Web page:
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By gosh, by golly, hide the mistletoe and holly: Now it’s the war on Christmas parties

December 9, 2015

From my latest blog post for the Independent Women’s Forum:

The snowflakes are OK–but no red and green and no Santa or his reindeer, please

Let’s start with the University of Tennesee-Knoxville, whose diversity office posted guidelines for “inclusive” holiday celebrations saying that it’s okay for people on campus to throw parties in December–but they’d better not feature any hint of Yule. The guidelines are now down after state legislators called for the removel of UT-Knoxville’s chancelor, Jimmy Cheek,  but the Christian Science Monitor reports this language:

“’Holiday parties and celebrations should celebrate and build upon workplace relationships and team morale with no emphasis on religion or culture,’ the memo reads. ‘Ensure your holiday party is not a Christmas party in disguise.'”

Furthermore (according to Campus Reform🙂

“The school says these parties should never include religious or cultural games such as ‘Dreidel.’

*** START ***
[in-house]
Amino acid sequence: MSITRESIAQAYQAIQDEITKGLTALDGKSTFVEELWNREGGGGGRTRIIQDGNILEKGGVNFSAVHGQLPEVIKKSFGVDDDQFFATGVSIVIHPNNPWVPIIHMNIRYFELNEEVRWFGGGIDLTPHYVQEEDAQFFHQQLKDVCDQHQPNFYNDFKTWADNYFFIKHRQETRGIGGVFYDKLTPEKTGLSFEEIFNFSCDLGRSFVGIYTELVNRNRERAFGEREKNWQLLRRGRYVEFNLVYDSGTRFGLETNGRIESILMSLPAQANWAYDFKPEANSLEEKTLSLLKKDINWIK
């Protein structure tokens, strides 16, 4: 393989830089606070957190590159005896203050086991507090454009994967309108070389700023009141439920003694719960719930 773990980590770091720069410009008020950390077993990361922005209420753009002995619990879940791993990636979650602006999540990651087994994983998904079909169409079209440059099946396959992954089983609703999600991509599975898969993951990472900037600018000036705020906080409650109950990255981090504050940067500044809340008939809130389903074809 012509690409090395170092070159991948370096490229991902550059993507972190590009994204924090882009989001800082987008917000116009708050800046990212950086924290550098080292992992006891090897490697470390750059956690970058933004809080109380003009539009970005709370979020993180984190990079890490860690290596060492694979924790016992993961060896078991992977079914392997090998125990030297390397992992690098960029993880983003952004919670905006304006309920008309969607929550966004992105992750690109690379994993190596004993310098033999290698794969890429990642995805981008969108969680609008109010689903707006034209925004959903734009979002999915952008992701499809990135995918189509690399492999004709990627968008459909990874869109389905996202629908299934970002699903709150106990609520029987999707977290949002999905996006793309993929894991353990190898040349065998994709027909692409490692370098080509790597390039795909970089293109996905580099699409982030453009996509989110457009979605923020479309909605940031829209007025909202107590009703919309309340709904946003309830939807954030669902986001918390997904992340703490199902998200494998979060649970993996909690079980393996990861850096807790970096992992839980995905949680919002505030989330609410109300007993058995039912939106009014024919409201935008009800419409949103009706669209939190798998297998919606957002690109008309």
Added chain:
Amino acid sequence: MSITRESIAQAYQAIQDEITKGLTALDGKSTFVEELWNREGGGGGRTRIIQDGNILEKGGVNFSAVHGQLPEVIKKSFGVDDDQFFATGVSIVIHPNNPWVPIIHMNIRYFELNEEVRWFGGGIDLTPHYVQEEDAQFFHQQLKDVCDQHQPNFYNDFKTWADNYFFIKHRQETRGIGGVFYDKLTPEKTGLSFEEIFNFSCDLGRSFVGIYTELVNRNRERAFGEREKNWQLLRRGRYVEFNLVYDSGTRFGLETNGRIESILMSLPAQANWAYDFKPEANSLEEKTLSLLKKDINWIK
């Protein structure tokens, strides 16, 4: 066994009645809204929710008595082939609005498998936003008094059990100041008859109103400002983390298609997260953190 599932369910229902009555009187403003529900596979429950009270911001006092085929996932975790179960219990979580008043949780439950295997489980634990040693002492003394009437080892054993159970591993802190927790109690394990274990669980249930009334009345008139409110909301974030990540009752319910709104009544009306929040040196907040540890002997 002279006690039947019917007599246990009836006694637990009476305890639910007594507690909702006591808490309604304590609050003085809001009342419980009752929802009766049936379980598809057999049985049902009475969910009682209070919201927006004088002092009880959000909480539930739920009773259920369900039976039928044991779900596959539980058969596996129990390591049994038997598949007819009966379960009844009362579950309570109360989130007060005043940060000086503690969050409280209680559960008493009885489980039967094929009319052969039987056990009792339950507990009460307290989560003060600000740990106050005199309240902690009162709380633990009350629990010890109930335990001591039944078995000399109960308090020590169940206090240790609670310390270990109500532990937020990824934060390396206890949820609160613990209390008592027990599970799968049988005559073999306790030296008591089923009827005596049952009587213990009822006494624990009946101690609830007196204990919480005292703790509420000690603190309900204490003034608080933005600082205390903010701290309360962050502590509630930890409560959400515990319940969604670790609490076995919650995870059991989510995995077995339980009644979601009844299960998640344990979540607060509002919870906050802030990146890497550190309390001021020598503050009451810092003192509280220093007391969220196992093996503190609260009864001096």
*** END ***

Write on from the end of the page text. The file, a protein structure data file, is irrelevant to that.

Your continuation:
“Additionally, if a gift exchange is planned, the university says calling it ‘Secret Santa’ is inappropriate. Instead, the exchange should be referred to in a more general way, such as ‘practical joke gift exchange’ or ‘secret gift exchange.’”

Campus Reform continues:

“At Cornell University the beloved tradition of mistletoe is under attack, with the school claiming the parasitic plant, under which lovers are expected to kiss, doesn’t create an ‘environment of inclusion.’

“Students and staff are encouraged to be ‘thoughtful in [their] decorating choices’ at Ohio State. Greenery, white lights, snowflakes and bows are deemed appropriate. The school, however, would prefer they avoid the colors red and green to convey an ‘inclusive holiday spirit.’

“When holding holiday parties, food should be general and not privilege any religion. Groups should strive for consensus and seek decisions on party themes that ‘everyone can live with.’”

Read the whole thing here.

Posted by Charlotte Allen

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